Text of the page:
segunda-feira, março 27, 2006

Ai esta língua portuguesa

Se o Mário Mata,
a Florbela Espanca,
o Armando Gama
e o Jorge Palma,
o que é que a Rosa Lobato Faria?

E, já agora: Talvez a Zita Seabra para o António Peres Metello!

quinta-feira, março 16, 2006

O fim ou talvez não

Artur (Art) Buchwald é um conhecido humurista americano mais conhecido pela sua coluna no The Wahshington Post , versando o comentário e a sátira política.

Desde 24 de Fevereiro de 2006 que se encontra hospitalizado devido a uma falência renal. Recusou a hemodiálise que lhe poderia prolongar a vida pois acha um desperdício o tempo passado a fazê-la. Para além disso, não se quer sujeitar às maleitas e à condição vegetativa que afligem a maior parte dos doentes terminais.

Entretanto, como não lhe falta tempo livre, vai continuando a escrever a sua coluna, desta vez contextualizada na morte, mas numa abordagem mais arejada.

Transcrevo aqui o seu último artigo, que também pode ser lido aqui.

Ordinarily, people don't talk about death. Yet it's very much a part of our lives. I'm in a hospice and seem to have a lot of time to talk about it. My friends and I discuss what death is and where we're supposed to go after it happens.
People constantly ask me if there is an afterlife. It's a good chance for me to philosophize. I tell them, "If I knew I would tell you."

This does not mean that everyone knows more than I do on the subject, including priests (Christian and Hindu), rabbis and imams.
I haven't made up my mind which one of these groups has the answer, but the nice thing about a hospice is we can talk about death openly. Most people are afraid that if they even mention it, they will bring bad karma on themselves.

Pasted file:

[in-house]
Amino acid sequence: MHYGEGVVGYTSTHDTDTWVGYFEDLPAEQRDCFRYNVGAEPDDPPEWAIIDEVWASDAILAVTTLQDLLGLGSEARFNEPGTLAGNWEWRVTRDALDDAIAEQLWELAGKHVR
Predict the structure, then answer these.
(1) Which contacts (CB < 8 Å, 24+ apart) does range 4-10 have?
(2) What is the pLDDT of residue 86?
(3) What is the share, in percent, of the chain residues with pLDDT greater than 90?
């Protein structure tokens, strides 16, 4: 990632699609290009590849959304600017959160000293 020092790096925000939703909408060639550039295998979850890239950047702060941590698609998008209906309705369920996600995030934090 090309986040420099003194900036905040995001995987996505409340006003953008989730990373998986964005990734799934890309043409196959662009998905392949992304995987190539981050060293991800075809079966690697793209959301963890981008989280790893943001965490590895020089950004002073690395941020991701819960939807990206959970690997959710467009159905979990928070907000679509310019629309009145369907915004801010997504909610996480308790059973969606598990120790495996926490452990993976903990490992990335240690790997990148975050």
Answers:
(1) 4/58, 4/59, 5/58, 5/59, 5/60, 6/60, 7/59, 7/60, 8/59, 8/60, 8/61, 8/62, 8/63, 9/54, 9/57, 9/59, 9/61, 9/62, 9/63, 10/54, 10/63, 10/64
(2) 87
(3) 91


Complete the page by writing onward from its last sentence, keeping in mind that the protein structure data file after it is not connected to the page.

The other day I spoke to someone who questioned the idea that I do not know where I will go after life. This person, who is of religious faith, couldn't believe that I didn't know, and said, "Aren't you going to meet all those people you used to know in the hereafter?"
By the way, people always talk about heaven as the place where we are all going. The problem with thinking about heaven is that you then have to think about hell. The irony of our culture is people are constantly telling other people to go to hell, but no one tells them to go to heaven.
A friend of mine, Larry Gelbart, said he thinks the end will come for most people when all the phone companies merge and there is only one company left. One joker said he thought the only one who knows is Pat Robertson of the "700 Club." When asked how he would know, the answer was, "He's got a large TV audience and he wouldn't be allowed to say it if it wasn't true."
I'm not denying it's possible that there is a heaven. If it makes someone feel happy to believe this, that's wonderful. If it makes them unhappy, I don't want them to fret about it.
Some of my guests maintain they have actually talked to people who have died. I don't doubt them if they say it.
What's beautiful about death is you can say anything you want to, as long as you don't lord it over others that you know something they don't.
The thing that is very important, and why I'm writing this, is that whether they like it or not, everyone is going to go.
The big question we still have to ask is not where we're going, but what were we doing here in the first place?

quinta-feira, março 09, 2006

I'm a Chevrolet Corvette!

You're a classic - powerful, athletic, and competitive. You're all about winning the race and getting the job done. While you have a practical everyday side, you get wild when anyone pushes your pedal. You hate to lose, but you hardly ever do.

Take the Which Sports Car Are You? quiz.